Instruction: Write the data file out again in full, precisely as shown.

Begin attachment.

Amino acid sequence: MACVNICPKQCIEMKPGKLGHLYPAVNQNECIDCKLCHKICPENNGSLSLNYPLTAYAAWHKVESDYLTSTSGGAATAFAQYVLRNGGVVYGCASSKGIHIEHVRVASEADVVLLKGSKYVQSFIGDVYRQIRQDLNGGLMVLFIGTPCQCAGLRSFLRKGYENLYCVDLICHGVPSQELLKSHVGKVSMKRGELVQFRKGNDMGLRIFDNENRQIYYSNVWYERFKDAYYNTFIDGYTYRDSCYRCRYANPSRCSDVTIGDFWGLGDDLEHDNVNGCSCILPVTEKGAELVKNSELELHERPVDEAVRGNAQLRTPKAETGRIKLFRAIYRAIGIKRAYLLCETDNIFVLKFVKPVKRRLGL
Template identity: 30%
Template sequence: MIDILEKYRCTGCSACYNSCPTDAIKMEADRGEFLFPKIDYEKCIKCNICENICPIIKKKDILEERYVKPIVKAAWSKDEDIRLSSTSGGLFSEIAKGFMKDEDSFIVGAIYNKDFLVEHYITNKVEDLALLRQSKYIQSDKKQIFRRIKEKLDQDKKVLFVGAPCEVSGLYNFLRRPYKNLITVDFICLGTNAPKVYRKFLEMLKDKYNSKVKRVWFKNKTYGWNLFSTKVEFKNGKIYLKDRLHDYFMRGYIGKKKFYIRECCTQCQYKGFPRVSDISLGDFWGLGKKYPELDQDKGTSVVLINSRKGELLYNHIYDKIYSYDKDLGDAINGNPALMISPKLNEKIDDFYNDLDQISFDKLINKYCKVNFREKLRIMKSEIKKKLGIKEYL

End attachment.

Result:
Amino acid sequence: MACVNICPKQCIEMKPGKLGHLYPAVNQNECIDCKLCHKICPENNGSLSLNYPLTAYAAWHKVESDYLTSTSGGAATAFAQYVLRNGGVVYGCASSKGIHIEHVRVASEADVVLLKGSKYVQSFIGDVYRQIRQDLNGGLMVLFIGTPCQCAGLRSFLRKGYENLYCVDLICHGVPSQELLKSHVGKVSMKRGELVQFRKGNDMGLRIFDNENRQIYYSNVWYERFKDAYYNTFIDGYTYRDSCYRCRYANPSRCSDVTIGDFWGLGDDLEHDNVNGCSCILPVTEKGAELVKNSELELHERPVDEAVRGNAQLRTPKAETGRIKLFRAIYRAIGIKRAYLLCETDNIFVLKFVKPVKRRLGL
Template identity: 30%
Template sequence: MIDILEKYRCTGCSACYNSCPTDAIKMEADRGEFLFPKIDYEKCIKCNICENICPIIKKKDILEERYVKPIVKAAWSKDEDIRLSSTSGGLFSEIAKGFMKDEDSFIVGAIYNKDFLVEHYITNKVEDLALLRQSKYIQSDKKQIFRRIKEKLDQDKKVLFVGAPCEVSGLYNFLRRPYKNLITVDFICLGTNAPKVYRKFLEMLKDKYNSKVKRVWFKNKTYGWNLFSTKVEFKNGKIYLKDRLHDYFMRGYIGKKKFYIRECCTQCQYKGFPRVSDISLGDFWGLGKKYPELDQDKGTSVVLINSRKGELLYNHIYDKIYSYDKDLGDAINGNPALMISPKLNEKIDDFYNDLDQISFDKLINKYCKVNFREKLRIMKSEIKKKLGIKEYL